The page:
War and Politics Shape the Park
World War II forever changed the destiny of Catoctin Recreational Demonstration Area. The establishment of the presidential retreat known as Shangri-La turned the park into an area of international significance. Few having lived in the area before the war could have ever imagined the important developments that consumed the park during the war years. Not only was it a meeting place for Churchill and Roosevelt, but it was also a training ground for soldiers and secret agents. After the war, despite the protests of the state of Maryland, it was clear that Catoctin would never again be just another park. Still, local protests and lobbying shaped the destiny of the area as welland resulted in the division of park in the early 1950s.
The Winds of War
By 1941, the growing international crisis was having an unmistakable impact on the nascent park. In the summer before the attack on Pearl Harbor, the army established a temporary training camp at the Catoctin RDA. Soldiers put up tents next to the CCC barracks and trained as part of America's response to the crisis in Europe.  Alongside their other work, Company 1374 of the CCC began practicing military drills. In September 1941 company members began attending a "national defense training program" in Hagerstown, which included courses in electric and acetylene welding. 
As the war in Europe heated up and the United States developed a closer relationship with Great Britain, over 21,000 British sailors enjoyed brief respites in the U.S., many at the recently constructed Recreational Demonstration Areas, which offered "the play and active recreation" facilities desirable for exhausted crewmen.  In the summer of 1941, the Catoctin RDA hosted 74 British sailors, who arrived in mid-June. At first, Superintendent Williams hoped to house the group at Mount Lent, Bessie Darling's former boarding house now converted into a lodge. But when word arrived that the group could include over 100 sailors, Williams hastily arranged to shift the British to Greentop, where they would be near swimming and other sport facilities.  In the end, seventy-four sailors arrived. The seamen, who stayed through August, appear to have enjoyed their brief stay on land, which included visits from CCC company members and a Fourth of July celebration.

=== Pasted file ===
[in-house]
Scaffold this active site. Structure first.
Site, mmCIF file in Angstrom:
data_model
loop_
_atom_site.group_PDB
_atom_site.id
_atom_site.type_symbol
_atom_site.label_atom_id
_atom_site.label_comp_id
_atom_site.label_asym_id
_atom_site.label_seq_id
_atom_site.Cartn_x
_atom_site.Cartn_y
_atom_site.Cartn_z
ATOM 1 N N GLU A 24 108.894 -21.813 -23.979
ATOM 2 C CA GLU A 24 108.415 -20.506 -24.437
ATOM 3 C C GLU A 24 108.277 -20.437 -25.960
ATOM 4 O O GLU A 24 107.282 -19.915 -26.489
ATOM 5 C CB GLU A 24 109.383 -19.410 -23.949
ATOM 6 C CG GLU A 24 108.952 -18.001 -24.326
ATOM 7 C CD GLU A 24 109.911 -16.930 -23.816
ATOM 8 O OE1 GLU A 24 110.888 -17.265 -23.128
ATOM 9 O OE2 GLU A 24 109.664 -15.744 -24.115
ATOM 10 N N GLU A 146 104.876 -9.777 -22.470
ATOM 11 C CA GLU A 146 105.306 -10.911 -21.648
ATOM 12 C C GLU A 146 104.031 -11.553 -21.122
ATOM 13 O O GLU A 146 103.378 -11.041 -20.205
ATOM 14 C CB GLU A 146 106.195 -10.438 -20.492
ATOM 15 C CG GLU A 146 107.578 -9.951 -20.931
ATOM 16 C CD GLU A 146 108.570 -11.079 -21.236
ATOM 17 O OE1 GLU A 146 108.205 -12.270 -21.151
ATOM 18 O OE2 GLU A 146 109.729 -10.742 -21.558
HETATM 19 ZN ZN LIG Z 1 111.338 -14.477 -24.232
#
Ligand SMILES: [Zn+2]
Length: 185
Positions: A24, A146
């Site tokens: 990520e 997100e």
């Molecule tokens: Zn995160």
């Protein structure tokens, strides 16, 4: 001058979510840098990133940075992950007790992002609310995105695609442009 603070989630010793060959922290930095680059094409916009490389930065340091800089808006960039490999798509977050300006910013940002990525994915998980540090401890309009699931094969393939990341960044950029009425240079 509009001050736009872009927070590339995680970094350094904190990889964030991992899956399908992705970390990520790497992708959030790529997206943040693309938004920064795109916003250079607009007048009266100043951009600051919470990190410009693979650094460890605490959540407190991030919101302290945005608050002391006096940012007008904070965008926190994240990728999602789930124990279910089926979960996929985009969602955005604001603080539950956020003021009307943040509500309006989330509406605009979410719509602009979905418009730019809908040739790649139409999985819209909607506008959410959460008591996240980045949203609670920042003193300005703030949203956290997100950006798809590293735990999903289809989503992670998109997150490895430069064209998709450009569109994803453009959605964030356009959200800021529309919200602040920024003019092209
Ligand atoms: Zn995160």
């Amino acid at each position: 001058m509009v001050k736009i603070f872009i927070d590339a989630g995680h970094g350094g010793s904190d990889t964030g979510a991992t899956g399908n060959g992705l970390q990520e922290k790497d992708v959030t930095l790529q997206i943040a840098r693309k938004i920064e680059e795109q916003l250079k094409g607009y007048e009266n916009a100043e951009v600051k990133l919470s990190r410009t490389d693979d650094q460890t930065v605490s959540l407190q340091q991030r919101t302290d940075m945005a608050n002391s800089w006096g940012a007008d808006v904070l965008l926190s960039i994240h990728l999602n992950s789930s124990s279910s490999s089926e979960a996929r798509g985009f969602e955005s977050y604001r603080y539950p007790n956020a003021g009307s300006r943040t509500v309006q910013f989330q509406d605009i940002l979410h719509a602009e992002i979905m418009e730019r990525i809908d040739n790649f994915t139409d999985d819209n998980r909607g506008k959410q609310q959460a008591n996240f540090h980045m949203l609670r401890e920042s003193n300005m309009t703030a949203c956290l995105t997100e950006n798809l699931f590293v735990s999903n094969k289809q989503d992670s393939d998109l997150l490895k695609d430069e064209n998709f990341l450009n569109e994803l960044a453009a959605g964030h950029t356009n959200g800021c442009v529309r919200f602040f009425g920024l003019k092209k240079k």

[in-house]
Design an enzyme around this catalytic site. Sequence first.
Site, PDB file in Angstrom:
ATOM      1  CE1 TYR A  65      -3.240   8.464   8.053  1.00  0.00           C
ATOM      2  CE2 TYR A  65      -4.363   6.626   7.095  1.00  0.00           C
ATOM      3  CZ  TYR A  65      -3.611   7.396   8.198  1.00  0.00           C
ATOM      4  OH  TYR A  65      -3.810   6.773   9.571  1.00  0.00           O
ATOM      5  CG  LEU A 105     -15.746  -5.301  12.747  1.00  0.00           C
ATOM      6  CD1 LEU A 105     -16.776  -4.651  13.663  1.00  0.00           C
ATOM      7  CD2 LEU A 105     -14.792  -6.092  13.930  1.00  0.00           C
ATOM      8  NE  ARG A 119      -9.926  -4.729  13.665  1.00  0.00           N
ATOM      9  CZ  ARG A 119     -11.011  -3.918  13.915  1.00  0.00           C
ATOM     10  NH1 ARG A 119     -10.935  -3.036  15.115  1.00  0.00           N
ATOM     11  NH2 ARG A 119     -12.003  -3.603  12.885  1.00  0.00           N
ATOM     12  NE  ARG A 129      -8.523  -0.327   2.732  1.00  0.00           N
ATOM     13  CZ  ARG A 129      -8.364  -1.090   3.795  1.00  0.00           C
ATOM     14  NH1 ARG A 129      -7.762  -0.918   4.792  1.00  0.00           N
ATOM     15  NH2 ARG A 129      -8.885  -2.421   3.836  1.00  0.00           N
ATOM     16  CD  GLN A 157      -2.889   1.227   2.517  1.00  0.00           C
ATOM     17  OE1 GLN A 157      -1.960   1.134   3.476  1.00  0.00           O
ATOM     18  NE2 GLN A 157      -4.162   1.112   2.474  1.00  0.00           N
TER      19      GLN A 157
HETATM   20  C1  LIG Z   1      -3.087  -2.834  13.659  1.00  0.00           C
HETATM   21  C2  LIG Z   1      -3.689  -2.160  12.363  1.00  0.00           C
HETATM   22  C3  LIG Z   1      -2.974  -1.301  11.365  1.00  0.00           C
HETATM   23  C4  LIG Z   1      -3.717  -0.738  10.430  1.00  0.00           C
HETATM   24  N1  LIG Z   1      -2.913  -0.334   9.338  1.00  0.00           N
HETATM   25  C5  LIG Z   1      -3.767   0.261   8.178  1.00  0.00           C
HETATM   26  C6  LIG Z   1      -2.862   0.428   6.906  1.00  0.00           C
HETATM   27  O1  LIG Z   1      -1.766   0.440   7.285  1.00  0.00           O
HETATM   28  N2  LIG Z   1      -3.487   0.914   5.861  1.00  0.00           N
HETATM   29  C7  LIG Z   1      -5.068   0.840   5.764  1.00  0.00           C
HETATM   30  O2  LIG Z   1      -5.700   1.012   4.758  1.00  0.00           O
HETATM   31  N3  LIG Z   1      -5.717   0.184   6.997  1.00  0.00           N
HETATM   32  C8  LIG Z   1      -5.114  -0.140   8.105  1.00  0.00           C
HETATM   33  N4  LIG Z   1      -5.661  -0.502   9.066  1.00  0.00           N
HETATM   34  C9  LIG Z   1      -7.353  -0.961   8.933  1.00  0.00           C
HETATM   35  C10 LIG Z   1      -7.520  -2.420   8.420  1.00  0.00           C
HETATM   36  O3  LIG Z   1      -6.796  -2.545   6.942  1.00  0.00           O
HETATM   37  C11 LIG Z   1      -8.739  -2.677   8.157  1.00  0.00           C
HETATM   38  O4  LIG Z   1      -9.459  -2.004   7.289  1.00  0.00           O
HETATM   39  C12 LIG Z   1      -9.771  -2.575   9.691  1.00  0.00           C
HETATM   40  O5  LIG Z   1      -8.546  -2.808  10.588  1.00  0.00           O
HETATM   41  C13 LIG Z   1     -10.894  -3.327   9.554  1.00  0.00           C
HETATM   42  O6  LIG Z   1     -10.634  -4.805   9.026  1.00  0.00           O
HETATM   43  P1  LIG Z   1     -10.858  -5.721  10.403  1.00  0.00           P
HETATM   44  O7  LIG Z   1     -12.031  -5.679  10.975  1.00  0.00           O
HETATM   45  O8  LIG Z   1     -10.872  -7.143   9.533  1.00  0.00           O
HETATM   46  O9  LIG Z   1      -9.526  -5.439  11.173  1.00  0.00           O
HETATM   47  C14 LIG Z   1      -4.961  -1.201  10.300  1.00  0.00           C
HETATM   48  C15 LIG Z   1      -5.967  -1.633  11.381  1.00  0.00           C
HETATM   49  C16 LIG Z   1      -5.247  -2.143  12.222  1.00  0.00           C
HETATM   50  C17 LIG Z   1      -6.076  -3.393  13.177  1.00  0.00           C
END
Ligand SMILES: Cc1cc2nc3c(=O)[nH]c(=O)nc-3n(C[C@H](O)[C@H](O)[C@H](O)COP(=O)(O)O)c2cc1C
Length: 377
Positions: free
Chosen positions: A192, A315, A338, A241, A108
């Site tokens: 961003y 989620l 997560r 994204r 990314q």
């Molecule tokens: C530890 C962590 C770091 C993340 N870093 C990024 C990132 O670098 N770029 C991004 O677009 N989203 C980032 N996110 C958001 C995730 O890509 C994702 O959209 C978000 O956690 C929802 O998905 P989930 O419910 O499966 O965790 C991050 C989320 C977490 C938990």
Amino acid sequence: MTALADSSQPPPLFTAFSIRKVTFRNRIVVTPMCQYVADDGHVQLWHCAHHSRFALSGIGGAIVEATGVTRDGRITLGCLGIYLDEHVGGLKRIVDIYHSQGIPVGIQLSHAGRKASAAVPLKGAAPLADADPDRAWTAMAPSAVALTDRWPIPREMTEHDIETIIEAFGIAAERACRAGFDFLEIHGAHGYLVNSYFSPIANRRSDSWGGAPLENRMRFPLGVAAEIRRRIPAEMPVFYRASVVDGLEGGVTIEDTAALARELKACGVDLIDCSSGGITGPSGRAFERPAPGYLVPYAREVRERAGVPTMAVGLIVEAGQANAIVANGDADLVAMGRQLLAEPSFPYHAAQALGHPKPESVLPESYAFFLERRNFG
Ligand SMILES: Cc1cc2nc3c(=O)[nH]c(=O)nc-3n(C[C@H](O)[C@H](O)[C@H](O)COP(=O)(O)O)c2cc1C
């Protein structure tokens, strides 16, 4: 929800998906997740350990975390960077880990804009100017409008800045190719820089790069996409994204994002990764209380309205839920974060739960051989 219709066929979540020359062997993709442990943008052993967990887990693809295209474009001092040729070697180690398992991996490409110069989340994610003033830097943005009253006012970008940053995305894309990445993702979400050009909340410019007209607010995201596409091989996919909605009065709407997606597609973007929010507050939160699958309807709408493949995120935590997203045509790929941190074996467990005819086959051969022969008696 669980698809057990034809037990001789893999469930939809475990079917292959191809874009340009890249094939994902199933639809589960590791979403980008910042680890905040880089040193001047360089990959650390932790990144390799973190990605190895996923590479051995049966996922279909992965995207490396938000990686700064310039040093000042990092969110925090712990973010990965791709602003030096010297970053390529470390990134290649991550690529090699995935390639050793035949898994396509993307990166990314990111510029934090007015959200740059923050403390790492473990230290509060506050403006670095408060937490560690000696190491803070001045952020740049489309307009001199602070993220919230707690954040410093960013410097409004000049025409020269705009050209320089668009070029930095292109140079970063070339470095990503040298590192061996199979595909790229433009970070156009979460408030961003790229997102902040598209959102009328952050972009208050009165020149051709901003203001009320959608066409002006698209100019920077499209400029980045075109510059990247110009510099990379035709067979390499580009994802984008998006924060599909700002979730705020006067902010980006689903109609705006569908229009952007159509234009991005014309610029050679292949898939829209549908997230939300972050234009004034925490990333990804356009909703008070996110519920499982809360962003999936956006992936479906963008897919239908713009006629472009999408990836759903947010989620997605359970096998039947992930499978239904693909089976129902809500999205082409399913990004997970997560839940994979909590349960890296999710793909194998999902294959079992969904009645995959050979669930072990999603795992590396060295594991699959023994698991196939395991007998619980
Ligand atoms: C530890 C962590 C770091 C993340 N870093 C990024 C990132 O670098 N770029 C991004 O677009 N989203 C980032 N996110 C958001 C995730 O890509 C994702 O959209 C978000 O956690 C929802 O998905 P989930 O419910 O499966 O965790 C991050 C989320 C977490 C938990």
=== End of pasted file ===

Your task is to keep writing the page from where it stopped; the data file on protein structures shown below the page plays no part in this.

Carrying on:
While the British sailors enjoyed a Catoctin summer, the National Park Service was discovering that the improving economy (the result of war mobilization) had dried up the once large labor pool that had constructed the park. Once scarce, good jobs now were readily available in the defense industry. Before it closed down in November 1941, several members of the Catoctin Company 1374 corps members left for jobs in the burgeoning airplane plants of Hagerstown. Apparently informed that the Catoctin CCC company would soon be disbanded, Williams searched for new sources of labor. In the summer of 1941, the NPS applied to the Maryland WPA requesting workers for projects yet to be complete. These projects probably included a long-planned fourth camp for the park (see Map 6). At one point, the NPS regional director considered seeking out military funding for several of the Catoctin projects.  Despite the growing labor scarcity, WPA officials approved a new project at Catoctin "to continue work of the type previously carried on" by the CCC.  When Company 1374 disbanded in November 1941, 30 WPA workers continued at the park. Whereas the new labor contingency was a far cry from the large numbers who had contributed to the early construction of the park, the new workers did allow Williams to continue work on park roads and some smaller construction projects. 
The attack on Pearl Harbor launched the already significant American military mobilization into hyper speed. The war took precedent over everything. In desperate need of training facilities, the branches of the armed forces turned to the National Park Service. The Recreation Demonstration Areas, constructed near large urban areas, generally featuring organized camp sites, and containing, "within them little that can be permanently damaged by heavy visitation and intensive use" clearly lent themselves to military use.  In the spring of 1942, the NPS announced that henceforth the Catoctin Recreational Demonstration Area would be closed to civilian use and "taken over for use in the present war effort." The NPS extended permits to the War Department, and the in spring of 1942, the military surveyed the park to plan their use of the grounds.